Doug Ford's government has revoked current and future funding for the College of Midwives of Ontario, the regulatory body that oversees more than 900 midwives and has had government support for 25 years.
The halt in funding is retroactive to April 1, 2018, and includes almost $800,000 in operational grants for the College's current budget year, which made up one-third of its budget. The government informed the College on Nov. 8, eight months into the fiscal year.
In a joint statement, the College's president, Tiffany Haidon, and its registrar and CEO, Kelly Dobbin, wrote that the loss of funding will place a heavy financial burden on the profession in future years, even though a contingency plan is in place "to ensure that the impact of these changes on members is minimal."
The statement said the changes will have no impact on the public. "We cannot cut our services and programs, as the College's work is mandated by our governing legislation," it said.
"For 25 years, the College has reliably received annual grants from the Ministry," their statement said. "We will operate with a deficit for the remainder of the 2018/19 fiscal year. We anticipate operating with a deficit until at least 2021."
"It is likely that midwives will have to pay more to the College on an annual basis," the College added. "This is not news we wanted to share."
The government did not state why they cut the funding or respond to requests for comment by the time of publication.
“The Ford government’s surprise elimination of all funding for the College of Midwives of Ontario is a huge step backward, and does nothing to help women, parents and babies,” said France Gélinas, the NDP’s health critic and the MPP for Nickel Belt. “The Ford government is demonstrating contempt for the profession. Mothers have a right to count on not only the support of a midwife, but also that their midwife has the backing of a professional regulatory body."
Midwives association 'deeply disappointed'
Midwives deliver 15 per cent of the babies born in Ontario, care for 12 to 14 per cent of pregnant women and are turning away clients because they can’t meet the demand, according to the Association of Ontario Midwives (AOM), which plays an advocacy and support role for midwives.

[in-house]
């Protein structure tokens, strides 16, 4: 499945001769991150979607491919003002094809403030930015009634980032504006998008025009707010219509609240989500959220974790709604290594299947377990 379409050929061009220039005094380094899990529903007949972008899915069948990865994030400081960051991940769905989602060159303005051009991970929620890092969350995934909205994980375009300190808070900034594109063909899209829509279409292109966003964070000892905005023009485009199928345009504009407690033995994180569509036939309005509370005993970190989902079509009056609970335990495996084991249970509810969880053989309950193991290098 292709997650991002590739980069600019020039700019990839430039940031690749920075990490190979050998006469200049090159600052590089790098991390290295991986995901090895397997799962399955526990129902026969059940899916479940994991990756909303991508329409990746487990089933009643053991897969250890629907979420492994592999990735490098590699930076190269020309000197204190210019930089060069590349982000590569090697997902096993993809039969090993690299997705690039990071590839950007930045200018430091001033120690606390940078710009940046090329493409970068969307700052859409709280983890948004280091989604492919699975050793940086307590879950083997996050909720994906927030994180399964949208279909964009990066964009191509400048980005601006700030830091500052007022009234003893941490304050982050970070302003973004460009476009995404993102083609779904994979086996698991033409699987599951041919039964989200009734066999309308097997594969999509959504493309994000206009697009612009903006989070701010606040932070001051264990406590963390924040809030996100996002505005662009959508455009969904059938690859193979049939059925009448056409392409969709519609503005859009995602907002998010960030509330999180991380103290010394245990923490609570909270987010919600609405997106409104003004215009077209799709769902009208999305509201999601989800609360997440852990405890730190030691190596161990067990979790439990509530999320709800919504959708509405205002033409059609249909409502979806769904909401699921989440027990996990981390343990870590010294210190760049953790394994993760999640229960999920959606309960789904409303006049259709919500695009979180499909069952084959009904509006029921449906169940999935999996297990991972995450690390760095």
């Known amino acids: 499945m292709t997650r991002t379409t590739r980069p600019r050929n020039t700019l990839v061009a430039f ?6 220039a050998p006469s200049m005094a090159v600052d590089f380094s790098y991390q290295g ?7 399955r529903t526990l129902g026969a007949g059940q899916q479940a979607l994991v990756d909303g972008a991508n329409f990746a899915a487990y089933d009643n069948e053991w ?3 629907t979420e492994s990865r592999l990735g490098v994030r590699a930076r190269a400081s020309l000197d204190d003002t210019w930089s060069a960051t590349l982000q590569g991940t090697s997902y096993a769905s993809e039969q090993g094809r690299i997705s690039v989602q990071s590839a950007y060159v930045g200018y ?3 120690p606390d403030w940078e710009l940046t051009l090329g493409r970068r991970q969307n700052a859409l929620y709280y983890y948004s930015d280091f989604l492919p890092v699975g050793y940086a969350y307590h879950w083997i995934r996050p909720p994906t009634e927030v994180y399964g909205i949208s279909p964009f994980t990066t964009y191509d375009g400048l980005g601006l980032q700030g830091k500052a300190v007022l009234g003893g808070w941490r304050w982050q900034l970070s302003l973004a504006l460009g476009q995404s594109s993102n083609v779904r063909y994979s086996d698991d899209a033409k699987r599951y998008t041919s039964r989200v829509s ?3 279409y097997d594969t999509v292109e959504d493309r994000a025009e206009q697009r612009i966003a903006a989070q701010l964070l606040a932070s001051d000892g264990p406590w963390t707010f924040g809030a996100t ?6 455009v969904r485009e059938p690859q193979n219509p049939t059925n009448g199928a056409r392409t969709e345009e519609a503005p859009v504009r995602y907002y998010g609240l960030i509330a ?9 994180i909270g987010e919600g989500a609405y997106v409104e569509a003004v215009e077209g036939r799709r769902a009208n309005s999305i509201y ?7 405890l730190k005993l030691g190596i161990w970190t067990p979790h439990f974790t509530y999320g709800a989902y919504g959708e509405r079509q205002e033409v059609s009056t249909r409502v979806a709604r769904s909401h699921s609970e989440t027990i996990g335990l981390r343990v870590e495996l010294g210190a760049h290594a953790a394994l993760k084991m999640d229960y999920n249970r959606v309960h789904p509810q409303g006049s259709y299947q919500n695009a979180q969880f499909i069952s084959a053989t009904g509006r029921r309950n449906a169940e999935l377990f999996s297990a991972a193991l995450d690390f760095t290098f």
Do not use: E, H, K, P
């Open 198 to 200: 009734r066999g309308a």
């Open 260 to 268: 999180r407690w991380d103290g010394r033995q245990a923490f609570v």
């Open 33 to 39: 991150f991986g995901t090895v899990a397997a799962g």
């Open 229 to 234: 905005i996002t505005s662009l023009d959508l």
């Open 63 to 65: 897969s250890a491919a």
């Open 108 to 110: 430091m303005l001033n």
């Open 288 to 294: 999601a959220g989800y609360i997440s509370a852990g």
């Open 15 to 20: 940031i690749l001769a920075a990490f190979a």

"The AOM is deeply disappointed by the Ministry of Health’s decision to terminate funding to the College of Midwives of Ontario," Elizabeth Brandeis, president of the AOM, told National Observer in an email. "This loss of funding will place an additional burden on midwives who must now support the work of the CMO through a likely increase in fees."
Brandeis explained that "midwifery is a highly gendered profession and like other female-dominated work, experiences a significant pay equity gap." The Human Rights Tribunal of Ontario confirmed this in a landmark ruling in September, which found that midwives in the province have experienced gender-based discrimination in their relationship with the Ontario Ministry of Health and Long-Term Care.
In September 2018, the Ford government was told by the Tribunal to negotiate with midwives to end the pay equity gap. To date, the Ford Tories have refused to negotiate.
AOM representatives met with government officials on Thursday to express their concern about the funding cancellation and the heavy burden it will place on Ontario midwives.
"The College of Midwives of Ontario was previously the only government-funded regulatory college in Ontario," Brandeis said. "Government funding was an important equity measure for midwives as a small, female-dominated profession."
According to the College's 2017-2018 annual report, most of its revenue comes from membership fees. As of March 2018, the College had 910 registered midwives as paying members.
"Our relatively low membership numbers compared to other regulated health colleges mean that our revenue is not sufficient to meet our expenses," the College writes in its annual report. "In acknowledgment of this discrepancy, the Ministry provides funding annually to allow the College to fulfill its mandate of regulating midwifery in the public interest."
The College is presently regulating two midwife-led Ontario birth centres that are funded by the Ministry of Health and Long-term Care. They serve clients in the Ottawa and Toronto regions.
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